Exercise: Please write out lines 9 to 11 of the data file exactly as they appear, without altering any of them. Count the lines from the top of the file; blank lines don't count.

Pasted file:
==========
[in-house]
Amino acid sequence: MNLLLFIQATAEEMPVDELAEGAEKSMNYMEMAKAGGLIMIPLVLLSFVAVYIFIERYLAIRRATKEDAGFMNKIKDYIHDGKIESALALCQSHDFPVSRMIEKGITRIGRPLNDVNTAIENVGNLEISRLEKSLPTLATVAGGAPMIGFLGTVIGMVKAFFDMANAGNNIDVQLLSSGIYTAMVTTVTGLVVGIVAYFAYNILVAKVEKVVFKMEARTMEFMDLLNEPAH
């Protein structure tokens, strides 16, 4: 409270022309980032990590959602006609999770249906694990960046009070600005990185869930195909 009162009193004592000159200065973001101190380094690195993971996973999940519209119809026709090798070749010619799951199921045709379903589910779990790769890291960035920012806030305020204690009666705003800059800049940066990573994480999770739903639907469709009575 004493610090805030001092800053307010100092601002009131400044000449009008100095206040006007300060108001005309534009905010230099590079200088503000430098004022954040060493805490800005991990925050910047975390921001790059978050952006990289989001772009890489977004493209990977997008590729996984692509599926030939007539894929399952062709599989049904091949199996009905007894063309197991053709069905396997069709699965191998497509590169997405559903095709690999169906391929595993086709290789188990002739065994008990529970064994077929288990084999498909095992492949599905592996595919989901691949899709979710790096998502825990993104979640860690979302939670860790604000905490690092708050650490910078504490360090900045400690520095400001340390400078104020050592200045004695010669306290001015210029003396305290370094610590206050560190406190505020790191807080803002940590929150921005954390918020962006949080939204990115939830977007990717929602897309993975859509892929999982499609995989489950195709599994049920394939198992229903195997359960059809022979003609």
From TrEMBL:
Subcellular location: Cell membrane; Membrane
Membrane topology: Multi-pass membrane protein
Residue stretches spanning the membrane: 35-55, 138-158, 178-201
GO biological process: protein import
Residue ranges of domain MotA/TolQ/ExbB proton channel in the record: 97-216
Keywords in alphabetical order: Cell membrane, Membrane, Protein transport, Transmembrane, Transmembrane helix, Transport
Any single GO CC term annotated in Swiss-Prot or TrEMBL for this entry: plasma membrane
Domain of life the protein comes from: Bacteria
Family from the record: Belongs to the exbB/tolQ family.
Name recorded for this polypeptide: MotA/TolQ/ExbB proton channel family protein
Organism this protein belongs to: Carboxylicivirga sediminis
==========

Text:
Residue ranges of domain MotA/TolQ/ExbB proton channel in the record: 97-216
Keywords in alphabetical order: Cell membrane, Membrane, Protein transport, Transmembrane, Transmembrane helix, Transport
Any single GO CC term annotated in Swiss-Prot or TrEMBL for this entry: plasma membrane